Motor Evoked Potentials and Disability In Secondary/Progressive Multiple Sclerosis
Facchetti D, Mai R, Micheli A, Marciano N, Capra R, Gasparotti R, Poloni M
Can J Neurol Sci 1997 Nov;24(4):332-7
Salvatore Maugeri Foundation, NeuroPhysiology Service, IRCCS, Gussago, Italy
PMID# 9398981; UI# 98061331
To investigate the mechanisms underlying disability in Multiple Sclerosis (MS), 40 patients with the Relapsing/Remitting form of the disease and 13 patients with Secondary/Progressive MS underwent multimodal Evoked Potentials (EP), Motor Evoked Potential (MEP), and Spinal Motor Conduction Time evaluation.
Clinical disability was evaluated by the Expanded Disability Status Scale (EDSS) and Functional System Scales.
In Secondary/Progressive MS patients, Magnetic Resonance Imaging (MRI) was used to obtain a SemiQuantitative estimate of the total lesion load of the Brain.
Spinal Motor Conduction Time was significantly longer in:
- Secondary/Progressive MS patients than controls (p < 0.001) and
- Relapsing/Remitting MS patients (p < 0.05), but
- did not differ between Relapsing/Remitting patients and controls.
Spinal Motor Conduction Times also correlated directly with EDSS scores (p < 0.001) and Pyramidal Functional System scores (p < 0.001).
Brain Lesion Load (4960.3 +/- 3719.0 mm2) and the total number of lesions (67.7 +/- 37.0) in Secondary/Progressive MS did not correlate with disability scores.
For the following EPs, the frequencies of abnormalities were significantly higher in Secondary/Progressive MS patients than Relapsing/Remitting patients:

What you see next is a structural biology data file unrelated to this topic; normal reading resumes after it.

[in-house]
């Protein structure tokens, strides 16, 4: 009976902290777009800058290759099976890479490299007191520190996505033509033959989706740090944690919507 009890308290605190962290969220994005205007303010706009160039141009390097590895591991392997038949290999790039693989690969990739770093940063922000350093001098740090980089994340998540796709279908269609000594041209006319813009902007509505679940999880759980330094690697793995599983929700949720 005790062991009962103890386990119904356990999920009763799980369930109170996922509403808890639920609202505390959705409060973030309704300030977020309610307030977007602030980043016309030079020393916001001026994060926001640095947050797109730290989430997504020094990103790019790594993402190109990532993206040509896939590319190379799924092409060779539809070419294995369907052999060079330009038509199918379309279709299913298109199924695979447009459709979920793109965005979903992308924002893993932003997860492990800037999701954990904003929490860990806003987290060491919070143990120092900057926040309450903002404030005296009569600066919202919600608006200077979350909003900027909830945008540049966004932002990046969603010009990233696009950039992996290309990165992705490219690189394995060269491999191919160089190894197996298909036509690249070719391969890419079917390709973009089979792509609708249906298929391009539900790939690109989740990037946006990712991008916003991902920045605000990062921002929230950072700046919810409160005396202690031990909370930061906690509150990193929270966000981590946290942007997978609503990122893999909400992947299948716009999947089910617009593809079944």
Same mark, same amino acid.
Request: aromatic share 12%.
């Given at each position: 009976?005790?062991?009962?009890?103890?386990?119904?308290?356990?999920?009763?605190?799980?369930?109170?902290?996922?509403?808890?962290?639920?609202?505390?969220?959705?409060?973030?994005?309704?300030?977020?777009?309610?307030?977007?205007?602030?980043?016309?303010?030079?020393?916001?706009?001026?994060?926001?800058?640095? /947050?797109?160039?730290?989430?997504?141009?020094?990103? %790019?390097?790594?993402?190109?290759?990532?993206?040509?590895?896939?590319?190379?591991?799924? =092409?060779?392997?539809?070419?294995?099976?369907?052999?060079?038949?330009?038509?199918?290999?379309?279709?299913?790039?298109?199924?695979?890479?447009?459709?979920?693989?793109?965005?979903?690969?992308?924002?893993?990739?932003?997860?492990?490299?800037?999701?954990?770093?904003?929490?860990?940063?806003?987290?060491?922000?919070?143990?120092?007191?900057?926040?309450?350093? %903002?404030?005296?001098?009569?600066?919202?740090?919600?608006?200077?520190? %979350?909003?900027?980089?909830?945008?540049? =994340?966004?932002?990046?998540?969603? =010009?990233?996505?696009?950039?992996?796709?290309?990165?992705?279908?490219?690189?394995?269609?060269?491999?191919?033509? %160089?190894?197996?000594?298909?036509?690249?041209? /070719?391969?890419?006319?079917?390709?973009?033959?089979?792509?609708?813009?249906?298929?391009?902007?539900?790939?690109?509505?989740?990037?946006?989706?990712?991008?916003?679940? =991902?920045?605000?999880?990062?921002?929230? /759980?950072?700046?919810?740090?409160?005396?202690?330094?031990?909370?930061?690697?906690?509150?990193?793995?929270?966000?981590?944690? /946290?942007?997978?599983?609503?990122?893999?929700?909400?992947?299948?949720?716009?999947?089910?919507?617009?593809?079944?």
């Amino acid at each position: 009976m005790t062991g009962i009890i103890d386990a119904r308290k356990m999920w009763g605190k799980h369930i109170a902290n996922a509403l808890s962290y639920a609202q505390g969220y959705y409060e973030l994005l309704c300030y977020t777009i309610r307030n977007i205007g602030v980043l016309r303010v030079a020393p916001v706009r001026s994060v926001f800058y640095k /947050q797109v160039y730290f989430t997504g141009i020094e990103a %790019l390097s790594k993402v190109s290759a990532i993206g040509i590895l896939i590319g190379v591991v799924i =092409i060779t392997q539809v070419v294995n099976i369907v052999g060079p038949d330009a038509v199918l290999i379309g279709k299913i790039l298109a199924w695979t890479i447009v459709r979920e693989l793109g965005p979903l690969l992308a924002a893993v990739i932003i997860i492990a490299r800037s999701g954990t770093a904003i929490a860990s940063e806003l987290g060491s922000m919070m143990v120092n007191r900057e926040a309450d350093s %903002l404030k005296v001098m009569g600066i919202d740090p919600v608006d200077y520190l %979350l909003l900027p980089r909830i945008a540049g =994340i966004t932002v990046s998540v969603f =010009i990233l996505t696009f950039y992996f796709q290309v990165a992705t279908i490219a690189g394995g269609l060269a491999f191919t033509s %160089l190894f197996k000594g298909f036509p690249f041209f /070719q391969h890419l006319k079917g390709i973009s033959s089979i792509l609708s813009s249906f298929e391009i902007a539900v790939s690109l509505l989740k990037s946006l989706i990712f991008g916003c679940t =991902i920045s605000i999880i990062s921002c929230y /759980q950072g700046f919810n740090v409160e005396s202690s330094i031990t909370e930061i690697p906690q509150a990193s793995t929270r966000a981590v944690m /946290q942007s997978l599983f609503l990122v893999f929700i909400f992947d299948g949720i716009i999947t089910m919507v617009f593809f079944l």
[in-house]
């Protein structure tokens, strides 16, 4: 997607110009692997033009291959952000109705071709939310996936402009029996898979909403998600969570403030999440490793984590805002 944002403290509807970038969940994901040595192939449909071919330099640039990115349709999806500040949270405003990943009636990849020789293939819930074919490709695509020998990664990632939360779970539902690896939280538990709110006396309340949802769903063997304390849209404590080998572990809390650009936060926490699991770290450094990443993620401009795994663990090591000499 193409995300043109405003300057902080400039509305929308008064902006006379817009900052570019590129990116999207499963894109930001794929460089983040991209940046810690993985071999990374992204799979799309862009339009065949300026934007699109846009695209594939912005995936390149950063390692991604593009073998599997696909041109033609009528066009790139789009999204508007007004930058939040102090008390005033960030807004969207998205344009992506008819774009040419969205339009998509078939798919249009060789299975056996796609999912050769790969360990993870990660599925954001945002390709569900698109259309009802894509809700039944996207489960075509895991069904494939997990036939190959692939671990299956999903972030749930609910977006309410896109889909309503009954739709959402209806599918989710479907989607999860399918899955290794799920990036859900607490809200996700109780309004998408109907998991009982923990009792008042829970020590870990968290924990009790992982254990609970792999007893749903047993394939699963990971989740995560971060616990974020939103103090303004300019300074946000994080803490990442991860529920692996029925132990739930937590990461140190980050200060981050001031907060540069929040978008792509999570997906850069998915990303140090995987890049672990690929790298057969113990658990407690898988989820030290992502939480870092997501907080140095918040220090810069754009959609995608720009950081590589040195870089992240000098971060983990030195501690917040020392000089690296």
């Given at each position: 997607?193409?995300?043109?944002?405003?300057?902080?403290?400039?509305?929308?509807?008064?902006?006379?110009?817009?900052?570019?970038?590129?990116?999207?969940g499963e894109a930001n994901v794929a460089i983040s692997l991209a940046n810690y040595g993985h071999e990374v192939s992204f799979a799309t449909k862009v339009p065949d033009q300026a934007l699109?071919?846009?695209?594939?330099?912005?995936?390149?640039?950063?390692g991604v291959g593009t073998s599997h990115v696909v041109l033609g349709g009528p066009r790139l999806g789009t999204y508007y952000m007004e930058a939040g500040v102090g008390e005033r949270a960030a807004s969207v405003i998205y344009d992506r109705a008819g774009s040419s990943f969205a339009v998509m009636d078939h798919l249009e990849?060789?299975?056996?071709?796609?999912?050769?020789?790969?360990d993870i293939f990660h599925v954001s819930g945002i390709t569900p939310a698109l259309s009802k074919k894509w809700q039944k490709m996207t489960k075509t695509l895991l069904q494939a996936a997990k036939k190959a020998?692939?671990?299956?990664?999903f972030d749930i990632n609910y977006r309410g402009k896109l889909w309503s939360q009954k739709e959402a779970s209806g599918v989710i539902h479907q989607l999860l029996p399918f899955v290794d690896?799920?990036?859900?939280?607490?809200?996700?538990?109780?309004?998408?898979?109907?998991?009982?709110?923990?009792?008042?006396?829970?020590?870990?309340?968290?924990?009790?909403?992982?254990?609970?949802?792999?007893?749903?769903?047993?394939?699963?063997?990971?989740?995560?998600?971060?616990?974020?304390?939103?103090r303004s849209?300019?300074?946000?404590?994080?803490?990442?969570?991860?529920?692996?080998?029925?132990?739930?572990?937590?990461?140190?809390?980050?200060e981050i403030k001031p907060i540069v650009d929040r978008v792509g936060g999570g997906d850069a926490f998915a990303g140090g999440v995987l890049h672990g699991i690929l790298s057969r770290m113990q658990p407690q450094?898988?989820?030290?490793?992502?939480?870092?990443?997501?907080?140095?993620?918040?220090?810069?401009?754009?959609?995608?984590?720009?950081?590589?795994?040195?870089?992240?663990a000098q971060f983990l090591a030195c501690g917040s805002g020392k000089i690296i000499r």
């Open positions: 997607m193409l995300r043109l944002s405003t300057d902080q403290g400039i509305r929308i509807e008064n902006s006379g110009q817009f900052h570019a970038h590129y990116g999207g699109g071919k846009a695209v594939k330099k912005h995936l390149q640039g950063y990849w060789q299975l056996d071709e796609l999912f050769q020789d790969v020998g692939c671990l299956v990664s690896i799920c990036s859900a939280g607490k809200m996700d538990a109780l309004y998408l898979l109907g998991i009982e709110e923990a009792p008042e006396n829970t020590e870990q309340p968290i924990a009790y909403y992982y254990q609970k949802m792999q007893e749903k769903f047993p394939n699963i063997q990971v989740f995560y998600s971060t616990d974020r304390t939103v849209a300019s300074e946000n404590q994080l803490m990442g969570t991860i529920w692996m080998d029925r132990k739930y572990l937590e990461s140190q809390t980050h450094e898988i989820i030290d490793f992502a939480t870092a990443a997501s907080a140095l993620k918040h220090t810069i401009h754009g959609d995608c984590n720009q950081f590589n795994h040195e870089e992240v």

- Visual Evoked Potential (p < 0.05)
- SomatoSensory Evoked Potentials and Upper Limb Motor Evoked Potentials (p < 0.01)
- BrainStem Auditory Evoked Potentials, Lower Limb SomatoSensory Evoked Potentials and Lower Limb Motor Evoked Potentials (p < 0.001).
These findings suggest that Disability in Secondary/Progressive MS patients is mainly due to progressive involvement of CorticoSpinal Tract in the Spinal Cord.
Quantification Of Uhthoff's Phenomenon In Multiple Sclerosis: A Magnetic Stimulation Study
Humm AM, Beer S, Kool J, Magistris MR, Kesselring J, Rosler KM
Clin NeuroPhysiol 2004 Nov;115(11):2493-501
University of Berne, Department of Neurology, Inselspital, Freiburgstrasse, CH-3010 Bern, Switzerland
To quantify Temperature induced changes (Uhthoff's Phenomenon) in Central Motor Conduction and their relation to clinical motor deficits in 20 Multiple Sclerosis (MS) patients.
Self-assessment of vulnerability to Temperature and clinical examination were performed.
We used Motor Evoked Potentials to measure Central Motor Conduction Time (CMCT) and applied the Triple Stimulation Technique (TST) to assess Conduction Failure.
The TST allows an accurate quantification of the proportion of conducting Central Motor Neurons, expressed by the TST Amplitude Ratio (TST-AR).
Temperature induced changes of TST-AR were significantly more marked in patients with prolonged CMCT (P=0.037). There was a significant linear correlation between changes of TST-AR and Walking Velocity (P=0.0002).
Relationships were found between pronounced subjective vulnerability to temperature and:
- Abnormal CMCT (P=0.02)
- Temperature induced changes in TST-AR (P=0.04)
- Temperature induced changes in walking velocity (P=0.04)
- CMCT remained virtually unchanged by Temperature modification
Uhthoff Phenomena in the Motor System are due to varying degrees of Conduction Block and associated with prolonged CMCT. In contrast to Conduction Block, CMCT is not importantly affected by Temperature.
This is the first study quantifying the Uhthoff's Phenomenon in the Pyramidal Tract of MS patients.
The results suggest that patients with Central Conduction slowing are particularly vulnerable to develop Temperature-dependent Central Motor Conduction Blocks.